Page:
12v 5 Amp LED PWM efficiently

I would like to PWM some LED strips I have running over a few aquariums - the PWM period will only last for 15 minutes in the morning and again in the evening so as to provide a gentle wake up for the fish. (The lighting will be on 100% for 12 hours each day)

I tried using some spare IRF540N I found but the gate was not fully on at 5v so heat was\would be an issue. I switched to a logic level (NDP6020P) but when given 5v at the gate the heat sink becomes extremely hot with 4.5 Amp load (12v)

The lighting consists of 3 x 1 metre lengths in parallel consuming almost 5 Amps (at 12V)

(Ideally I would like to control the MOSFET from a 3.3v IO but can use a different Arduino if no 3.3v logic level transistors can handle >5 Amps.)

What would be the most efficient way of providing this fade in\out functionality over the short windows from an Arduino to the high current LED's? This will be running for 12 hours a day for many years so a high level of efficiency would be required.

Thanks madlan

Think you will find the use of led drivers like the MeanWells is the way to go.

http://www.meanwell.com/webapp/product/search.aspx?prod=hlg-80h

madlan: I tried using some spare IRF540N I found but the gate was not fully on at 5v so heat was\would be an issue.

I switched to a logic level (NDP6020P) but when given 5v at the gate the heat sink becomes extremely hot with 4.5 Amp load (12v)

1) Not a logic level fet. Maybe just ok for small loads, but not for a 5A strip.

2) The NDP6020P is a P-channel fet. Can't use that with a LED strip. You need an N-channel logic fet with a gate threshold of 1-2volt max if you want to drive it from 3.3volt logic.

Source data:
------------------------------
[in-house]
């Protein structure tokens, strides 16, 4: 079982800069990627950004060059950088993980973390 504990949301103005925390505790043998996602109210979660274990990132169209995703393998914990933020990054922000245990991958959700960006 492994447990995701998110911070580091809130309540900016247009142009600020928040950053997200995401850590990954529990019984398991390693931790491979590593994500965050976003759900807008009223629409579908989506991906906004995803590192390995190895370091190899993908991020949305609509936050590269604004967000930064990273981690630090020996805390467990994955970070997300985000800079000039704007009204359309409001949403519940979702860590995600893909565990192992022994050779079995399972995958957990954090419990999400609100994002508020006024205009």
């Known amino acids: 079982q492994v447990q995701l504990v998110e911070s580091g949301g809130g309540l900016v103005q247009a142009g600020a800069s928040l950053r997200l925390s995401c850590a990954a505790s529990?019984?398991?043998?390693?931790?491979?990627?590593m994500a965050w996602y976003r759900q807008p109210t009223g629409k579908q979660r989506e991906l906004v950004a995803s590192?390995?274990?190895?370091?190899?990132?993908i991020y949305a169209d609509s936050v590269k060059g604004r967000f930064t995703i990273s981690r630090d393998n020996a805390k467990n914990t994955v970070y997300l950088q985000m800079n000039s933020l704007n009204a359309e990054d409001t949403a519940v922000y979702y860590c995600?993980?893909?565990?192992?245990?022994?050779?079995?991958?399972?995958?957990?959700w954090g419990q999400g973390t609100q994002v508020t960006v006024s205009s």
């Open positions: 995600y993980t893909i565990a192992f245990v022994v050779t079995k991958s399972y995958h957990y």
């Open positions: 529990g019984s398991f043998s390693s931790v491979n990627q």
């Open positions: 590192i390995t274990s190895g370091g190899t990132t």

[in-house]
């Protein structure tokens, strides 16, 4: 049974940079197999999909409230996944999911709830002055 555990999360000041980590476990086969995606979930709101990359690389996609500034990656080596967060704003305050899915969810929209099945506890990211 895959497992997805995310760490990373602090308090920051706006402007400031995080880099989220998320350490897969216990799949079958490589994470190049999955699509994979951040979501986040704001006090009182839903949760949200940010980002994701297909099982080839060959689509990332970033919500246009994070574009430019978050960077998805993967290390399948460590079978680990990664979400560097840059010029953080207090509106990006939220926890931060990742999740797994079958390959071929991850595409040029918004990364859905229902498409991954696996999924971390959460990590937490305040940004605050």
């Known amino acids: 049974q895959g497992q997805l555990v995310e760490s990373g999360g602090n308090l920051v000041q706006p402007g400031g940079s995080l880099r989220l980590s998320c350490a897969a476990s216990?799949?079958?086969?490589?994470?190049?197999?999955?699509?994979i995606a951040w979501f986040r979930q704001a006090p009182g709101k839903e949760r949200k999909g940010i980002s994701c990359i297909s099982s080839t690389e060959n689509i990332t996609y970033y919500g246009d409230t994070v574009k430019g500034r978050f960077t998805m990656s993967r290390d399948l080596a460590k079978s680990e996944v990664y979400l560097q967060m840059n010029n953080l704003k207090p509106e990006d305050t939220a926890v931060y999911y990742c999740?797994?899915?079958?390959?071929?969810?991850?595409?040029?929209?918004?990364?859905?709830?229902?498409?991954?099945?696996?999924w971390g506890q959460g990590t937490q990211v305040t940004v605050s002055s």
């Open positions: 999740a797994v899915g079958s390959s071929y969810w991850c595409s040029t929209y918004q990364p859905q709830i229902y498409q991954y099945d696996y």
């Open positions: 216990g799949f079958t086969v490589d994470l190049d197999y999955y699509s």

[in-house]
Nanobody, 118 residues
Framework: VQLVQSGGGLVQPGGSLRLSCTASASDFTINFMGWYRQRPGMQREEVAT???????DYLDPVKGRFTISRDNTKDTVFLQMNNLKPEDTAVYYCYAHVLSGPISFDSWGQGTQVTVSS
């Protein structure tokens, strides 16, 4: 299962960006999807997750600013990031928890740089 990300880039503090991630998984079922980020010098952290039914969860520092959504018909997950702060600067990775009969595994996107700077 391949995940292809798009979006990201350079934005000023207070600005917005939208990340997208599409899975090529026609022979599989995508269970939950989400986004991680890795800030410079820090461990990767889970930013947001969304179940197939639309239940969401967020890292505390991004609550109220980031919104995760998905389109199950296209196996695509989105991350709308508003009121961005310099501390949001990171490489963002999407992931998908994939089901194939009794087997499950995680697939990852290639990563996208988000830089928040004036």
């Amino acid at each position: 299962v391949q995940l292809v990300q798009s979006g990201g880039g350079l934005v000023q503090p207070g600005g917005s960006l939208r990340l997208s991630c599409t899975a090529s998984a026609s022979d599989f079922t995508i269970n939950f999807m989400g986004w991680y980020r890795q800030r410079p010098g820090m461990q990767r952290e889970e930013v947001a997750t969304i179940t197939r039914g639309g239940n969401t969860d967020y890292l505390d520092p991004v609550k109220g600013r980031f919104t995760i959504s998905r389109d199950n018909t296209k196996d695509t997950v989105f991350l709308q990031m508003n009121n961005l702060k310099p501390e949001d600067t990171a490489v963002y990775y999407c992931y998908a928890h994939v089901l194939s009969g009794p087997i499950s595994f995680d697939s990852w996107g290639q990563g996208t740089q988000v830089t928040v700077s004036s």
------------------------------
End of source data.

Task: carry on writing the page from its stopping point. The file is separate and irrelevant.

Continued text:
ricky101: Think you will find the use of led drivers like the MeanWells is the way to go. http://www.meanwell.com/webapp/product/search.aspx?prod=hlg-80h

For bare (star base) LEDs. Not for LED strips with inbuild resistor current limiting. Leo..

What do you think of this one? (RFP30N06LE) - Seems to tick all of the requirements?

This is the (constant voltage) driver I have: https://www.ultraleds.co.uk/fileuploader/download/download/?d=0&file=custom%2Fupload%2FFile-1474644295.pdf

What do you think of this one? (RFP30N06LE) - Seems to tick all of the requirements?

It has a maximum on-resistance of 45 milliohms at logic level drive, so at 5A it will dissipate a max of 1.1W or so, so you will need a small heatsink.

[Find one with 20 milliohm or less on-resistance and no heatsink needed]

What PWM frequency are you going to use? If its a high frequency you will need to drive the MOSFET gate properly with a MOSFET driver chip, not rely on a few 10's of miiliamps from an Arduino pin. At the default Arduino PWM frequencies you are probably fine (use a 150 ohm gate resistor).

Note that switching losses get more important at higher switching rates, its best to ensure the switching time is a percent or two of the switching period (no more). So switching at 1kHz you can get away with a 5--10us switching time, but at 20kHz you'll need harder gate drive to keep switching to sub-microsecond durations.

Something like this ...

http://cpc.farnell.com/fairchild-semiconductor/fdp7030bl/mosfet-n-logic-to-220/dp/SC11135?mckv=s7kwMrz8B_dc|pcrid|167289318920|kword|fdp7030bl|match|p|plid|&CMP=KNC-GUK-CPC-GEN-SKU-FAIRCHILD%20SEMICONDUCTOR-SC11135

ricky101: Something like this ...

http://cpc.farnell.com/fairchild-semiconductor/fdp7030bl/mosfet-n-logic-to-220/dp/SC11135?mckv=s7kwMrz8B_dc|pcrid|167289318920|kword|fdp7030bl|match|p|plid|&CMP=KNC-GUK-CPC-GEN-SKU-FAIRCHILD%20SEMICONDUCTOR-SC11135

It looks like the FDP7030BL needs 10V for that nice on-resistance (0.009ohm)

Instead of screwing around getting a logic level MOSFET, get some gate drivers (like MCP1406/07) so you can pump 12V onto the gate instead of screwing around with 3.3V. Every MOSFET benefits from more gate voltage, since it reduces the on resistance (which will in turn reduce your heat).